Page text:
The creature began its struggle for life.
I pulled it from the cage and took its head into my other hand; it attempted to peck at my fingers, but I was too quick for its feeble defences. I drew it to my chest and grasped it as firmly as I could. Though my fingers were of small size, I could feel the creature's tiny bones breaking. I held it tightly for another few moments, until it went limp in my grip.
It was done.
With an energetic burst, I leapt from the chair. I raised my hands and gazed at the dead thing. It was far more beautiful in death than in life, to be sure. I felt something akin to sexual release. An eruption of pleasure raced through my child's body, and my seven year old mind was overwhelmed by the majesty of this potent new sensation. It intensified when I considered the likely reactions of my mother and her ghastly lover.
It was upon this delectable thought that I composed myself. I placed the broken corpse of the bird onto the center of the tea table, and I pressed the chair to its former position. Returning to the table, I plucked a tail-feather and hid it away in a pocket. It was like pocketing a piece of gold. Taking a moment to arrange the limbs of the thing into the most repulsive configuration possible, I took a seat on the smooth velvet of the sofa. I sat there in wicked anticipation, relishing the warm, fiendish sensation that coursed though my veins.
What occurred afterward is of such a predictable nature I shall not write it here. It is enough to say that the uproar my actions caused gave a fiery vigour to me. It fueled dark impulses ensconced deep within my soul (if one such as myself could possess or deserve such a very human thing; according to the so-called facts of my protestant upbringing, Hell would be a most unwelcome certainty).
If mother ever saw the bookseller again, it was unlikely to have been very amorous or even cordial. I am only aware of the fact that they, in the end, were finished. Perhaps he was frightened by a woman that could birth such a ghoulish child, or was unable to forget his beloved dead pet when considering future coital exchanges. Alas, one cannot know such private things.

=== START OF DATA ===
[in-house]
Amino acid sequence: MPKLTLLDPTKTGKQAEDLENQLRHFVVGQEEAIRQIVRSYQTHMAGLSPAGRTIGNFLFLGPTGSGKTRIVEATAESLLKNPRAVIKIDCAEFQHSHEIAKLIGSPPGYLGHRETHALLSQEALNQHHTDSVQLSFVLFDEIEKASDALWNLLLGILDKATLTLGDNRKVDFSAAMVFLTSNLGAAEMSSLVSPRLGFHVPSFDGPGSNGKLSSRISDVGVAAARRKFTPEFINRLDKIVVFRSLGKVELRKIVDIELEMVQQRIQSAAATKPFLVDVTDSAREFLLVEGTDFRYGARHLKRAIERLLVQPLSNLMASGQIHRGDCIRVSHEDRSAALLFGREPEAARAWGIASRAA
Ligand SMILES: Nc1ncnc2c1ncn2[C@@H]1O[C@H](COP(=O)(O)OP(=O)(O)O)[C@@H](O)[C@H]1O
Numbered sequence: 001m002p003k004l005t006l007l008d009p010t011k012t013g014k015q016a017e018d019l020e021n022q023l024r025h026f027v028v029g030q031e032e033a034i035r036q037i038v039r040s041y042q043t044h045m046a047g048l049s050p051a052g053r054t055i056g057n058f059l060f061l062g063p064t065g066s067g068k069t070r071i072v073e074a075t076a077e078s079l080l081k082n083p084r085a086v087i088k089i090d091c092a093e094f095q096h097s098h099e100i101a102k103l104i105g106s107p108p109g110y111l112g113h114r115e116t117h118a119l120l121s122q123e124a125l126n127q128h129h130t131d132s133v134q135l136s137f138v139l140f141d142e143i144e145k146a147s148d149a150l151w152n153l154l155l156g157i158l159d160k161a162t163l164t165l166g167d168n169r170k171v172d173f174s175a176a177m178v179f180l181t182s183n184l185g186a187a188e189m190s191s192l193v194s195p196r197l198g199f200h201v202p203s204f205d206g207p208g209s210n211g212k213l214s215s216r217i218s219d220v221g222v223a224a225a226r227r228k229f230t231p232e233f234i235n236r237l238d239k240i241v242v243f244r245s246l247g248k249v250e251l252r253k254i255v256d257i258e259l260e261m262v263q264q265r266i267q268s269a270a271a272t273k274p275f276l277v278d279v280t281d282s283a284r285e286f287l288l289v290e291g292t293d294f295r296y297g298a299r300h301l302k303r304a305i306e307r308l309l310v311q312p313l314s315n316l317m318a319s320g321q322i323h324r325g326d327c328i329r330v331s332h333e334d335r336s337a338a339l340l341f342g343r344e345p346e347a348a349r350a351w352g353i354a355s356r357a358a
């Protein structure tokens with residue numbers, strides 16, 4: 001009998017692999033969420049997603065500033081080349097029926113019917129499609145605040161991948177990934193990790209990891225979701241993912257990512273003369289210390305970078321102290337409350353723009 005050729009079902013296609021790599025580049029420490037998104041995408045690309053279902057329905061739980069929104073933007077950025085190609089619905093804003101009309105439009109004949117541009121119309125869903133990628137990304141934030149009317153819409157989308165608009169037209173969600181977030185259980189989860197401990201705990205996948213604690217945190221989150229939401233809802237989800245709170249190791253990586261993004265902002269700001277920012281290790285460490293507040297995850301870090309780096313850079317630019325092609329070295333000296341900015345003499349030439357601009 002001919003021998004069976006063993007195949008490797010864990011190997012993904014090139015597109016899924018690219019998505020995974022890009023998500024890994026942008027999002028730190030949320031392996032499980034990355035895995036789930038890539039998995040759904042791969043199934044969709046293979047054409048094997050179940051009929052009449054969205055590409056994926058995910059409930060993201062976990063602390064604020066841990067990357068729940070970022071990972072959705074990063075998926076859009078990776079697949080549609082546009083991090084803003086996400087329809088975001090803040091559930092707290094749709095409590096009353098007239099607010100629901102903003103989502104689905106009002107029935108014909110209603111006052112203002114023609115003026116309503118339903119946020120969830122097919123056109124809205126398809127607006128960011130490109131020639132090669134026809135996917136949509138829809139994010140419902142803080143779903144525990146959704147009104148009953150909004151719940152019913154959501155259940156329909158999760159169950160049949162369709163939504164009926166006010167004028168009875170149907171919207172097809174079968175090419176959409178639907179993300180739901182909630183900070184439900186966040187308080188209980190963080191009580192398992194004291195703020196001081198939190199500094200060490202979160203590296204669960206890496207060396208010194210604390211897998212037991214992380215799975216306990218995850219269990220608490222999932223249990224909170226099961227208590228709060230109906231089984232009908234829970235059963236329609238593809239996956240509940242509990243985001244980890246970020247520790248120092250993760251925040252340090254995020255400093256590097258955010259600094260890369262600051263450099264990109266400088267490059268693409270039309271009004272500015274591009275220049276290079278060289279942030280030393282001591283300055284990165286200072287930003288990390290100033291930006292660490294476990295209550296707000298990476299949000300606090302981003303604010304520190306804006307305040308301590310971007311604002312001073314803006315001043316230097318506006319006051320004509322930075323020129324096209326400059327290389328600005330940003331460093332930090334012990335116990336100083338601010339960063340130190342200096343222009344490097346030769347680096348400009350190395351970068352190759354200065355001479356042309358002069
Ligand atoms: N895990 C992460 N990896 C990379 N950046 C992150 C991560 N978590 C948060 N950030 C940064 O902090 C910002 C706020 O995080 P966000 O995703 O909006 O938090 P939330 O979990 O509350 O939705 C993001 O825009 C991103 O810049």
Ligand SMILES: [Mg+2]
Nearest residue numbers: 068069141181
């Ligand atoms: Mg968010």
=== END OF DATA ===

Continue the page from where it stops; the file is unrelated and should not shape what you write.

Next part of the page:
It should suffice to say that mother never brought me on her errands again.
In any case, I'm told that his life went poorly for him after that event, which says much about the frailty of his constitution. So entirely pathetic. The delight that I still feel when I recall his misery warms me as it did on that day. Of course, mother eventually sought other arms to abuse with her misdirected affections. This behaviour continued for many years. When my father finally found her out, he crushed her skull with a stone bust of Vercingetorix, tribal king of the ancient Gauls. After a failed attempt at suicide (in spite of everything, the stern old bugger actually felt remorse), he was imprisoned, and shortly thereafter was sodomised and brutally murdered on the anniversary of his marriage to my mother.
A colourful cycle of events, to be sure.
Perhaps, if I had any capacity for human feeling, I might have attended either of their funerals, but I confess that I do not and that I did not. I certainly do think about them from time to time. It amuses me to suppose that mother regretted her actions, or that father at least felt some modicum of delight in the killing of her. Though I know neither of these things to be factual, I prefer to believe them to be so; the thought brings a kind of joy to me.
I still have the feather that I took from that little bird. Although I have progressed to other, more challenging prey, I look upon that feather from time to time with nostalgia. It was the moment that I became the truest kind of monster; one that both causes and savours the death of his fellows.
To this day, the bookshop remains a shrine to me. I have passed it on occasion and have peered through it's windows into that parlour. It is my Mecca, my Sistine chapel, a sacred place at which I can bask in the source of me. It instills a sense of darkness and pleasure into my corrupt soul. Incidentally, I have heard from diverse sources that the bookseller was found murdered some years ago, bones broken, neck crushed. His body was placed on a tea table, and I'm told he was laid out in the most repulsive configuration possible.
The Bookshop Killing, or Birth of the madman
©2011 Clayton Walter
All stories copyright Clayton K. Walter